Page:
If the series of automatic cuts being dubbed "the sequester" take place on March 1, the future of Ohio jobs could hang in the balance on many levels, according to the White House.
Cleveland State University Senior Hope Burke is looking forward to getting out into the workforce after graduating and, thankfully, won't have huge student loan payments. She's one of many who take part in CSU's work study program.
"My limit is capped at $4,000 for the whole year," says Burke, who earns that money while working at the printing shop on campus.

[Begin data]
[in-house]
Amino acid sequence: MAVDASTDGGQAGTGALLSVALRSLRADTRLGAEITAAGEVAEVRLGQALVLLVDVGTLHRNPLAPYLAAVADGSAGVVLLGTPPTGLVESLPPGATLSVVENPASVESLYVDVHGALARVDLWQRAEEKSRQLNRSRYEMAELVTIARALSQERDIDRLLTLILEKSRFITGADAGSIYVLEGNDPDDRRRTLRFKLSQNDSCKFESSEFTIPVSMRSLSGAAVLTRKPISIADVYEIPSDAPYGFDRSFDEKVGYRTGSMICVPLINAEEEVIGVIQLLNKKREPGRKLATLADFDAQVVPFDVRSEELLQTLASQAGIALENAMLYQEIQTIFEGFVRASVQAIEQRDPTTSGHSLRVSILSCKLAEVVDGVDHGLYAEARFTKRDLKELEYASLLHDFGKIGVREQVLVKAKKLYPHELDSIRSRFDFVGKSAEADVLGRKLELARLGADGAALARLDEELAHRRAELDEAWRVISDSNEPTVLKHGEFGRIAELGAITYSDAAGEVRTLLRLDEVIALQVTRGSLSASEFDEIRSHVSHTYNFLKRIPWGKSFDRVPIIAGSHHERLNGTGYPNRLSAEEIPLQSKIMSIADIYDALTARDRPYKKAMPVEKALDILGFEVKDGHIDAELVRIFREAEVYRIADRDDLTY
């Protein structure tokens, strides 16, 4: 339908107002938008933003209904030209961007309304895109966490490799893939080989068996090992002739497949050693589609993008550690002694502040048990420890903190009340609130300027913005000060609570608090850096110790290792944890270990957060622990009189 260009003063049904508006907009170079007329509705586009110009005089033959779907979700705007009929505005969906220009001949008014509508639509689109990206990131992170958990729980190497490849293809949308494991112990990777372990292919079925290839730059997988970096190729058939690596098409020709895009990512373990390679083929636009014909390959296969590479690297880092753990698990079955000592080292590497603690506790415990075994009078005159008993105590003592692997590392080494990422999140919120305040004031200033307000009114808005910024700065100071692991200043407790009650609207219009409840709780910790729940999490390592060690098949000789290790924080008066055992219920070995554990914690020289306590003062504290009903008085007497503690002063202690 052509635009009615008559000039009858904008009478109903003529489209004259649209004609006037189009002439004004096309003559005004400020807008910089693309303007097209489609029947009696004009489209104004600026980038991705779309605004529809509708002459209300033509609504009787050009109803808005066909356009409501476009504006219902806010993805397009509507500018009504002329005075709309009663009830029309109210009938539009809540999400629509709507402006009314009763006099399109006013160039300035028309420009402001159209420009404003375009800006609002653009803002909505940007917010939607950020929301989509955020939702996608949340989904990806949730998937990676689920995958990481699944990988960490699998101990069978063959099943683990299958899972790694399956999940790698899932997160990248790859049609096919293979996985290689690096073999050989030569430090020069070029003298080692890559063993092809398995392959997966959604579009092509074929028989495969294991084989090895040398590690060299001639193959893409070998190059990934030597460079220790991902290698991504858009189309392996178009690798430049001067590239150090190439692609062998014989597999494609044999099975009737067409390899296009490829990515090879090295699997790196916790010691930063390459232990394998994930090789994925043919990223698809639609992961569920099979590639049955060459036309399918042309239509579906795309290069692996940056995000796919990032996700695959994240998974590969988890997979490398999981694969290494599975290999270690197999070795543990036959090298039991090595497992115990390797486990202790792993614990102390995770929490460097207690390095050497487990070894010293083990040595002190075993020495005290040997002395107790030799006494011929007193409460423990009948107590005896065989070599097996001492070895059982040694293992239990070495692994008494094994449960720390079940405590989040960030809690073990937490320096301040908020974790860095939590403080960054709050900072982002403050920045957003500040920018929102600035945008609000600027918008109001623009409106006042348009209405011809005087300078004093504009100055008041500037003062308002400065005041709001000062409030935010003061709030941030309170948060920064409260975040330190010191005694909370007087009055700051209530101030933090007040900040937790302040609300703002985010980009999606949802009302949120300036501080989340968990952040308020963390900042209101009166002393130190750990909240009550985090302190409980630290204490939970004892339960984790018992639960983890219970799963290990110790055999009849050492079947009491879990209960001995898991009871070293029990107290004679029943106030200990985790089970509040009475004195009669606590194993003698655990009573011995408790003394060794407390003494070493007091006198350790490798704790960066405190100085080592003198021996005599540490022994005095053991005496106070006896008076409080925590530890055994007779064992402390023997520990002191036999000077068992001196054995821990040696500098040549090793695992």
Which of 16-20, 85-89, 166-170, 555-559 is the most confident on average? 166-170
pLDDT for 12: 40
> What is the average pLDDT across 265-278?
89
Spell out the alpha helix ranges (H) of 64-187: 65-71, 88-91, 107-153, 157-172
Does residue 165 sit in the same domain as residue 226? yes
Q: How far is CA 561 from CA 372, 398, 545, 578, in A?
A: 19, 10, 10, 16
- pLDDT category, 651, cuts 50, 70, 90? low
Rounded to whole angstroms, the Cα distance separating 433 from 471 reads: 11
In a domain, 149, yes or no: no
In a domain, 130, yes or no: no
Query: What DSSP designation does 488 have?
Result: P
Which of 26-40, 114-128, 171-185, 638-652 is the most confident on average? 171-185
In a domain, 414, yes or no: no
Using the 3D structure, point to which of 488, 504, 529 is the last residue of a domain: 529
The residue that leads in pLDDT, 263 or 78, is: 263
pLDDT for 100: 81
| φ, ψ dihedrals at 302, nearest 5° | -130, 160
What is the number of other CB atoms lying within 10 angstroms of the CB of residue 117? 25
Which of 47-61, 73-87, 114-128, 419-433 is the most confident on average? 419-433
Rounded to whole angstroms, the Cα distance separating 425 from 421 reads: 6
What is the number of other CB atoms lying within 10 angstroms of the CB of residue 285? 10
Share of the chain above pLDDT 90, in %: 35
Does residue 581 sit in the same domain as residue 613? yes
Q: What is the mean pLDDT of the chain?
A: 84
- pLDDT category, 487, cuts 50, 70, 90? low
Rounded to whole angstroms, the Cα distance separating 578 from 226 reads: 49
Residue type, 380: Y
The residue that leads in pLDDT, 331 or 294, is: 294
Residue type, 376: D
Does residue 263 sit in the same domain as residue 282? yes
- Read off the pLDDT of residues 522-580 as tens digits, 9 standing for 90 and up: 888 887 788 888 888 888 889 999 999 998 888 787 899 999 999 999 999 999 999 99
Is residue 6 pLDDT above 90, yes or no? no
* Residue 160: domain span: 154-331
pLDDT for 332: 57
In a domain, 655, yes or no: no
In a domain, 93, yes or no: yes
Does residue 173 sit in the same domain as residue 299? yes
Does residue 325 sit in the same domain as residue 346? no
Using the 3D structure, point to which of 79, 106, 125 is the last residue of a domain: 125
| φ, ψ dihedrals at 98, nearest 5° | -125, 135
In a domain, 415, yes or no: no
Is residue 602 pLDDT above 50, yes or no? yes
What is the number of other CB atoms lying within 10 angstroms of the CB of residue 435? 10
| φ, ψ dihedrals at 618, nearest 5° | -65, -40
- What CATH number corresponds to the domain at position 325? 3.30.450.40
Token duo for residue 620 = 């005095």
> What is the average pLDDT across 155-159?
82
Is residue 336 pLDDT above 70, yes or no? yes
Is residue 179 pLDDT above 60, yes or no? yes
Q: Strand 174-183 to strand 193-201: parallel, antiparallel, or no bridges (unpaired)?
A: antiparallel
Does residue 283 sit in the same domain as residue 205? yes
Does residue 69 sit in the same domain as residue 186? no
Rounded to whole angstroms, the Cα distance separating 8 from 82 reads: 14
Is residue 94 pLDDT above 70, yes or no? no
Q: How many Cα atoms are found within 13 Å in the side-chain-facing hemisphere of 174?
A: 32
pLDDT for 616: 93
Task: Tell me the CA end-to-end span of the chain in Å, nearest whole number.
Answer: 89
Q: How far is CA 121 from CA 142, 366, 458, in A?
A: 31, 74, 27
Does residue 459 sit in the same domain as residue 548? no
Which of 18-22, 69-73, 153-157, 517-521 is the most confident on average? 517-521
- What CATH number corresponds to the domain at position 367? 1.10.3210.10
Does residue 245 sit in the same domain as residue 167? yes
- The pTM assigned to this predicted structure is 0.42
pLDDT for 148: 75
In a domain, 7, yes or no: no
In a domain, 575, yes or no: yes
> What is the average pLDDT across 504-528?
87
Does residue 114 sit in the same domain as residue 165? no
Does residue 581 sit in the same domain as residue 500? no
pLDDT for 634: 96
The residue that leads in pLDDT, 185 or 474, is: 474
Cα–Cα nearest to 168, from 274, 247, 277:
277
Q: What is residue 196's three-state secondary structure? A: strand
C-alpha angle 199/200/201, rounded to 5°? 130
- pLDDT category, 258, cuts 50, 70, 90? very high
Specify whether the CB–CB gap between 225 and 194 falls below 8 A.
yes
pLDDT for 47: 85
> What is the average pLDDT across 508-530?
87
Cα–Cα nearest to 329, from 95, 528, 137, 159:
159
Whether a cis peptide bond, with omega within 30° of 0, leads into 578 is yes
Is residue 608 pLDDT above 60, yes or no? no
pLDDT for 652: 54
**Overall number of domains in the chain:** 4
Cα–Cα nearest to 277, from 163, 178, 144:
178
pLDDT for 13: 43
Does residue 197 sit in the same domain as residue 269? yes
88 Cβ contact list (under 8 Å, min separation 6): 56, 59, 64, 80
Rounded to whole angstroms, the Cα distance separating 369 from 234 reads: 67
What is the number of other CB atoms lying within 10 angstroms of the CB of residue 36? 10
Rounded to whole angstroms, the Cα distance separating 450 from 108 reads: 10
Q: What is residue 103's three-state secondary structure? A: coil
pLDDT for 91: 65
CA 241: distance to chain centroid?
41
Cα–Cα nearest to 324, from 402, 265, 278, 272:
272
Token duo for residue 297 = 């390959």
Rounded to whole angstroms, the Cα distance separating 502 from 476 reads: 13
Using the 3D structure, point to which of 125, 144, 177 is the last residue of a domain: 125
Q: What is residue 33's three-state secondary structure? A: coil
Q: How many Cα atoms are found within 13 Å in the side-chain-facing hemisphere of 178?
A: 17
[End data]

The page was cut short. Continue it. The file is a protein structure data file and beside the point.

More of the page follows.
It's an opportunity that might not be an option for nearly 1,500 students after March 1. Work study funding could get cut. Also, an estimated 3,320 fewer low-income students will receive financial aid.
Ohio could also lose more than $1.7 million in funding for job search assistance and placement. The government estimates over 57,000 fewer people will get help finding a job.
And for families who depend on child care to go to work, funding could be cut for 800 kids statewide.
Jobs could also be harder to come by. Small Business Administration loan guarantees would be cut by up to $900 million dollars nationwide. Without that loan, businesses would be harder to start or expand.